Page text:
- Historic Sites
Reinventing A River
Its waters drove our first Industrial Revolution—and were poisoned by it. Thoreau believed the Merrimack might not run pure again for thousands of years, but today it is a welcoming pathway through a hundred-mile-long red-brick museum of America’s rise to power.
April/May 2003 | Volume 54, Issue 2
Matters did not look promising. the path down to the canoe launch onto the Merrimack River was long and steep, thick with roots and brambles and sharply angled. Pushing, pulling, and grunting, we reached a scum-slicked spit of sand just below a wide stretch of renovated nineteenth-century mill buildings in Manchester, New Hampshire, and pushed off.
In other words, the Merrimack does not always make it easy for boaters to play on its surface. But that is not surprising; until quite recently no one would have wanted to. Its image problems go back more than a century. Described by National Geographic in 1951 as “a veritable slave in the service of industry,” this 116-mile-long river was dammed, canalled, and dumped on to within an inch of its life. Longtime residents recall watching what they sometimes called the “Merrimuck” change color depending on which dyes the textile mills were using that day. Its vegetation grew in mutant forms. As a repository for everything from medical waste to offal, it reeked.
Why bother with the Merrimack? Because it encapsulates much of New England’s history, colonial, industrial, and post-industrial. Because Henry David Thoreau traveled along it to write his elegiac A Week on the Concord and Merrimack Rivers. And because it is beautiful.
The waters of the Merrimack powered America’s first Industrial Revolution, initially for the textile mills of Lowell, Massachusetts, and then for those in communities like Manchester and Nashua, New Hampshire, and Lawrence and Haverhill, Massachusetts. But just as the river was sacrificed with little regard for its long-term health, so the vast mill complexes died from underinvestment and resistance to change.
The river’s comeback began with the Clean Water Act of 1972, which required that sewage be treated before it reached the nation’s waterways. “As soon as we stopped dumping pollutants, the river cleansed itself, and much sooner than it was believed it could happen,” said Chuck Mower, a local historian and furniture maker. And not just people appreciate the difference. Bald eagles now nest on the Merrimack’s banks, as do ospreys, egrets, and hawks. American shad, striped bass, trout, and Atlantic salmon swim in its depths. Otters and minks frolic on its shores. What happened was an unusual symbiosis. Communities acted to regenerate the river, an effort that today embraces hundreds of volunteers who monitor its temperature, pulse, and respiration, and the river returned the favor, helping regenerate the communities on its shores.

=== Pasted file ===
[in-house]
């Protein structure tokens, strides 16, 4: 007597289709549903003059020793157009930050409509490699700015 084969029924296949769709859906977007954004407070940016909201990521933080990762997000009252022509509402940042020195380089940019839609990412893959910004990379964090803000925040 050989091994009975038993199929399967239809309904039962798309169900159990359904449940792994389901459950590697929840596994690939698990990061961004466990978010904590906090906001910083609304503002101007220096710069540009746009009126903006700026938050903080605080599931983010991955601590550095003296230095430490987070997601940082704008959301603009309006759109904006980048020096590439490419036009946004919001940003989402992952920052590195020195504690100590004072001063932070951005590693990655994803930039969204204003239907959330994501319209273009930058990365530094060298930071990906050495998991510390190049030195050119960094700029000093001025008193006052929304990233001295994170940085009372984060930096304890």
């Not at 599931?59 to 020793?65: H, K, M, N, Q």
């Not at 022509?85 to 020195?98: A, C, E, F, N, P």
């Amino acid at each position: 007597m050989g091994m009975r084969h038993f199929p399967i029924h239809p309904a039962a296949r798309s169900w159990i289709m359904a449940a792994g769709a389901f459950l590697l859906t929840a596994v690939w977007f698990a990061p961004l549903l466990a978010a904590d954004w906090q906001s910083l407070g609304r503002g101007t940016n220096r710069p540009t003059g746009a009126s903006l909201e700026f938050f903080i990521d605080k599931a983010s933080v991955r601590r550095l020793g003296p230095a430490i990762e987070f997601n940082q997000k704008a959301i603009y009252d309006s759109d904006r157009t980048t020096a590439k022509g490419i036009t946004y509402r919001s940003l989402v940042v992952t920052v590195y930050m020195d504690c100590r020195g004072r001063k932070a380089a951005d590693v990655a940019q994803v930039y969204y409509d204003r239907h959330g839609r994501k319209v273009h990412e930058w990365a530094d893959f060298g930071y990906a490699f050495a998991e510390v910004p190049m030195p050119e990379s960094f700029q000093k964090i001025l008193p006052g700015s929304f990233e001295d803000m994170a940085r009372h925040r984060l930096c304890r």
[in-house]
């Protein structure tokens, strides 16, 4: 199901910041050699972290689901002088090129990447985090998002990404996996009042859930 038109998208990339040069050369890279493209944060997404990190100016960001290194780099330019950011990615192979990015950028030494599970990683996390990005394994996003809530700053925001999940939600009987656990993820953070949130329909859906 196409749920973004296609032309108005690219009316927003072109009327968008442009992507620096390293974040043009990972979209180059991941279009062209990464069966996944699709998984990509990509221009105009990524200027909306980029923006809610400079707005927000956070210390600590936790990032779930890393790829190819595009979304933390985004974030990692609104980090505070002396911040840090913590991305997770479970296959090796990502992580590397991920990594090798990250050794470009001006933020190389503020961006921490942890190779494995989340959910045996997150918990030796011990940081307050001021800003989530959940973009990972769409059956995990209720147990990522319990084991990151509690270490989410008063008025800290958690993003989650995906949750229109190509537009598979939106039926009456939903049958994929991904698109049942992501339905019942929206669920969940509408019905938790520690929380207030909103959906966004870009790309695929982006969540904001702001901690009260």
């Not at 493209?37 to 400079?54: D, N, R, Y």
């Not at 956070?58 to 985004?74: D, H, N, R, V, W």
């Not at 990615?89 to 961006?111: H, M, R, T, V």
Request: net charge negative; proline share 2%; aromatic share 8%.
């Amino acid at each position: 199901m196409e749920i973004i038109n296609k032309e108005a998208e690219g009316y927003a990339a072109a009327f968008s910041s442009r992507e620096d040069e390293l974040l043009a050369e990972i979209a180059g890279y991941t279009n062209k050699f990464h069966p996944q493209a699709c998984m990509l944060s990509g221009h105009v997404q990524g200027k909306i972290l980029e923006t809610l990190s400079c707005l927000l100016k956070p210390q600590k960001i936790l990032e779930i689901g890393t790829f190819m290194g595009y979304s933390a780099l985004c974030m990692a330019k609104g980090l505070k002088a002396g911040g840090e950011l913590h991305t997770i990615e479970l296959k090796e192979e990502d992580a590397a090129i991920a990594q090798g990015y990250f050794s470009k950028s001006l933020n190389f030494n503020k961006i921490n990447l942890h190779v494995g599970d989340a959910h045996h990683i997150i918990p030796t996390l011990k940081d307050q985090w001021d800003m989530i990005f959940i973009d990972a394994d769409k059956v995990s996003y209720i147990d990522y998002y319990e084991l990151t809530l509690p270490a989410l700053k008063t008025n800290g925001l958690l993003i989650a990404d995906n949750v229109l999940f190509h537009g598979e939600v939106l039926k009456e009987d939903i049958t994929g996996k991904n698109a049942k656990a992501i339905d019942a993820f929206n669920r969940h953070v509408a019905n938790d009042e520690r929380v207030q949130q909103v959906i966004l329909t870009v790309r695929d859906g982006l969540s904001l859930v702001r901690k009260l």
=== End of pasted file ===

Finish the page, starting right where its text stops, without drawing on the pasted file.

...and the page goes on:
The Merrimack officially begins where the Winnipesaukee and Pemigewasset Rivers join in Franklin, New Hampshire, the birthplace of Daniel Webster, whose home you can visit. Determined to start at the exact beginning of the river and assured that we couldn’t miss it (which naturally made us nervous), we parked downtown and asked around for the source of the Merrimack. We might as well have been asking for the source of the Nile. Before long, though, we think we have found its origins behind a parking lot.
For a body of water once so famously tainted, the stretch from Franklin to Concord is improbably bucolic. Mile after mile there is little to see but birdlife, trees, fields of corn, and the occasional church steeple poking up above the vegetation. The Pennacook Indians, who were there long before the factory builders came, might well find the scene familiar.
We ended our day of paddling in Boscawen, just north of Concord, where perhaps the most politically incorrect monument in America bears witness to the difficult relations between Native Americans and early European settlers. A short walk away from U.S. Route 4, it is a 35-foot-high granite statue to Hannah Dustin, erected in 1874 and the first statue in America dedicated to a woman. Dustin’s story began 60 miles away in Haverhill, Massachusetts, which has a more elaborate monument to her. There, on the morning of March 15, 1697, Indians descended on the town, burned half a dozen buildings, and took several people captive, including Dustin, then recovering from the birth of her twelfth child. The baby was killed in the raid. On March 31, held on an island in the Merrimack in what is now Boscawen, Hannah and two companions stole some hatchets and struck back, killing 10 of their 12 captors. They then coolly took the scalps, made their way home, and collected a bounty. Boscawen’s statue to Hannah commemorates the spot where she killed the Indians. Stepping forward with a tomahawk in her right hand and a clutch of scalps in her left, she is clearly a woman to be reckoned with.
A bit back down the railroad tracks from her statue, a group of decayed buildings on the left bear witness to another kind of history. They are the remains of a once-thriving flour mill and tannery complex, now being restored, bit by bit, by a local family that has bought the whole site. It is slow work, but you can easily see the attraction. The mass of brick, granite, and wood structures is striking, a living, if disheveled, history of the gritty industrial life that defined New England for more than a century after the first mill opened along the Merrimack in the 1820s.